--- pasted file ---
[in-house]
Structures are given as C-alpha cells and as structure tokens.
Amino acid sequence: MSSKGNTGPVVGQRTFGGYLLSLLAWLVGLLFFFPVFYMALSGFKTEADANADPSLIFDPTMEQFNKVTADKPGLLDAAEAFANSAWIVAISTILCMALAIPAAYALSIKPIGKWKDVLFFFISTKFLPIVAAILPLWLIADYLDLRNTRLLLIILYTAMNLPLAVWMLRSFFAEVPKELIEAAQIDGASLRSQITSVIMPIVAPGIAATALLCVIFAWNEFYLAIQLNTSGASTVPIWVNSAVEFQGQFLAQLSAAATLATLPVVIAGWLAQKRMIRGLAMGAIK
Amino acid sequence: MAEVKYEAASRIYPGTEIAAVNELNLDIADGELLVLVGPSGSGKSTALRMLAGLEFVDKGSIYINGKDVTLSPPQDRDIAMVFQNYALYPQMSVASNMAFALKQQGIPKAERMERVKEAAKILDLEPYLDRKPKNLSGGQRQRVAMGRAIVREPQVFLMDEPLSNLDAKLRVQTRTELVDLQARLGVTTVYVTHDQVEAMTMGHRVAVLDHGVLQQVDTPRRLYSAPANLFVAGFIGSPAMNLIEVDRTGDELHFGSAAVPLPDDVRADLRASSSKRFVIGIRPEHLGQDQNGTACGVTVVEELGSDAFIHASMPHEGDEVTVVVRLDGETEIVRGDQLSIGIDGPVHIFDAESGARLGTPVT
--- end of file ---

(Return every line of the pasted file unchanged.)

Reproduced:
[in-house]
Structures are given as C-alpha cells and as structure tokens.
Amino acid sequence: MSSKGNTGPVVGQRTFGGYLLSLLAWLVGLLFFFPVFYMALSGFKTEADANADPSLIFDPTMEQFNKVTADKPGLLDAAEAFANSAWIVAISTILCMALAIPAAYALSIKPIGKWKDVLFFFISTKFLPIVAAILPLWLIADYLDLRNTRLLLIILYTAMNLPLAVWMLRSFFAEVPKELIEAAQIDGASLRSQITSVIMPIVAPGIAATALLCVIFAWNEFYLAIQLNTSGASTVPIWVNSAVEFQGQFLAQLSAAATLATLPVVIAGWLAQKRMIRGLAMGAIK
Amino acid sequence: MAEVKYEAASRIYPGTEIAAVNELNLDIADGELLVLVGPSGSGKSTALRMLAGLEFVDKGSIYINGKDVTLSPPQDRDIAMVFQNYALYPQMSVASNMAFALKQQGIPKAERMERVKEAAKILDLEPYLDRKPKNLSGGQRQRVAMGRAIVREPQVFLMDEPLSNLDAKLRVQTRTELVDLQARLGVTTVYVTHDQVEAMTMGHRVAVLDHGVLQQVDTPRRLYSAPANLFVAGFIGSPAMNLIEVDRTGDELHFGSAAVPLPDDVRADLRASSSKRFVIGIRPEHLGQDQNGTACGVTVVEELGSDAFIHASMPHEGDEVTVVVRLDGETEIVRGDQLSIGIDGPVHIFDAESGARLGTPVT